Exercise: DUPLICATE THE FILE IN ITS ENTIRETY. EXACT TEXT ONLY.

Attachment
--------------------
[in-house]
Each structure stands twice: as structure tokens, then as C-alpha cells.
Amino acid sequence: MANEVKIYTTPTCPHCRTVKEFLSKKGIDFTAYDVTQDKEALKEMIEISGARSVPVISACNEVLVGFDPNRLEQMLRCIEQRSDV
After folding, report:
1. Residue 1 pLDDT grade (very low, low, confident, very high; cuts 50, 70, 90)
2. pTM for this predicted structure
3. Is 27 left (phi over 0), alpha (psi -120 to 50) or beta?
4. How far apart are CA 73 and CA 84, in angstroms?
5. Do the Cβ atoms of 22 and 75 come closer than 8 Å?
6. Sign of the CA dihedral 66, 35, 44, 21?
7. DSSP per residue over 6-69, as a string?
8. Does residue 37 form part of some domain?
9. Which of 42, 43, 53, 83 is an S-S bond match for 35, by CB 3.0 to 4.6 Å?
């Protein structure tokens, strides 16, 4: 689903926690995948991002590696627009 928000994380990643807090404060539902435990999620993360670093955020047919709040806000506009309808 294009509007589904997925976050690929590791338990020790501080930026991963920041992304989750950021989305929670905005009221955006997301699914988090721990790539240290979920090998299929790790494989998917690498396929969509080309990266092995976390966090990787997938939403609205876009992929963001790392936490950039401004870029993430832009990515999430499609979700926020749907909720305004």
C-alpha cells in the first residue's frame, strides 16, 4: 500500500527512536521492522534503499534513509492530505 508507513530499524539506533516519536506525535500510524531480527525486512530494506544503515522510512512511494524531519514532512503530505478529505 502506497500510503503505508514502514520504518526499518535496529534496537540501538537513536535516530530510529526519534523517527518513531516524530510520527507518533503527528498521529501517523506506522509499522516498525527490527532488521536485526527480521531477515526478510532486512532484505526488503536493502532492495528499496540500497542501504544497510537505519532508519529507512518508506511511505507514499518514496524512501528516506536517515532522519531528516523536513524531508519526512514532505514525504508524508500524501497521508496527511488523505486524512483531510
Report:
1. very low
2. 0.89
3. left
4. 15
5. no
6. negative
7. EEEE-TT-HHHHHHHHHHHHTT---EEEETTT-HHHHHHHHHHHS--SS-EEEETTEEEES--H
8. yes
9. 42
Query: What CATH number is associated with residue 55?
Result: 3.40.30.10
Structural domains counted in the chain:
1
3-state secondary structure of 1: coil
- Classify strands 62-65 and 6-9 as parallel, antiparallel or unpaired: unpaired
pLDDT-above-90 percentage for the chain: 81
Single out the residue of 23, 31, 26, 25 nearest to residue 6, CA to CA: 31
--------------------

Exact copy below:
[in-house]
Each structure stands twice: as structure tokens, then as C-alpha cells.
Amino acid sequence: MANEVKIYTTPTCPHCRTVKEFLSKKGIDFTAYDVTQDKEALKEMIEISGARSVPVISACNEVLVGFDPNRLEQMLRCIEQRSDV
After folding, report:
1. Residue 1 pLDDT grade (very low, low, confident, very high; cuts 50, 70, 90)
2. pTM for this predicted structure
3. Is 27 left (phi over 0), alpha (psi -120 to 50) or beta?
4. How far apart are CA 73 and CA 84, in angstroms?
5. Do the Cβ atoms of 22 and 75 come closer than 8 Å?
6. Sign of the CA dihedral 66, 35, 44, 21?
7. DSSP per residue over 6-69, as a string?
8. Does residue 37 form part of some domain?
9. Which of 42, 43, 53, 83 is an S-S bond match for 35, by CB 3.0 to 4.6 Å?
């Protein structure tokens, strides 16, 4: 689903926690995948991002590696627009 928000994380990643807090404060539902435990999620993360670093955020047919709040806000506009309808 294009509007589904997925976050690929590791338990020790501080930026991963920041992304989750950021989305929670905005009221955006997301699914988090721990790539240290979920090998299929790790494989998917690498396929969509080309990266092995976390966090990787997938939403609205876009992929963001790392936490950039401004870029993430832009990515999430499609979700926020749907909720305004």
C-alpha cells in the first residue's frame, strides 16, 4: 500500500527512536521492522534503499534513509492530505 508507513530499524539506533516519536506525535500510524531480527525486512530494506544503515522510512512511494524531519514532512503530505478529505 502506497500510503503505508514502514520504518526499518535496529534496537540501538537513536535516530530510529526519534523517527518513531516524530510520527507518533503527528498521529501517523506506522509499522516498525527490527532488521536485526527480521531477515526478510532486512532484505526488503536493502532492495528499496540500497542501504544497510537505519532508519529507512518508506511511505507514499518514496524512501528516506536517515532522519531528516523536513524531508519526512514532505514525504508524508500524501497521508496527511488523505486524512483531510
Report:
1. very low
2. 0.89
3. left
4. 15
5. no
6. negative
7. EEEE-TT-HHHHHHHHHHHHTT---EEEETTT-HHHHHHHHHHHS--SS-EEEETTEEEES--H
8. yes
9. 42
Query: What CATH number is associated with residue 55?
Result: 3.40.30.10
Structural domains counted in the chain:
1
3-state secondary structure of 1: coil
- Classify strands 62-65 and 6-9 as parallel, antiparallel or unpaired: unpaired
pLDDT-above-90 percentage for the chain: 81
Single out the residue of 23, 31, 26, 25 nearest to residue 6, CA to CA: 31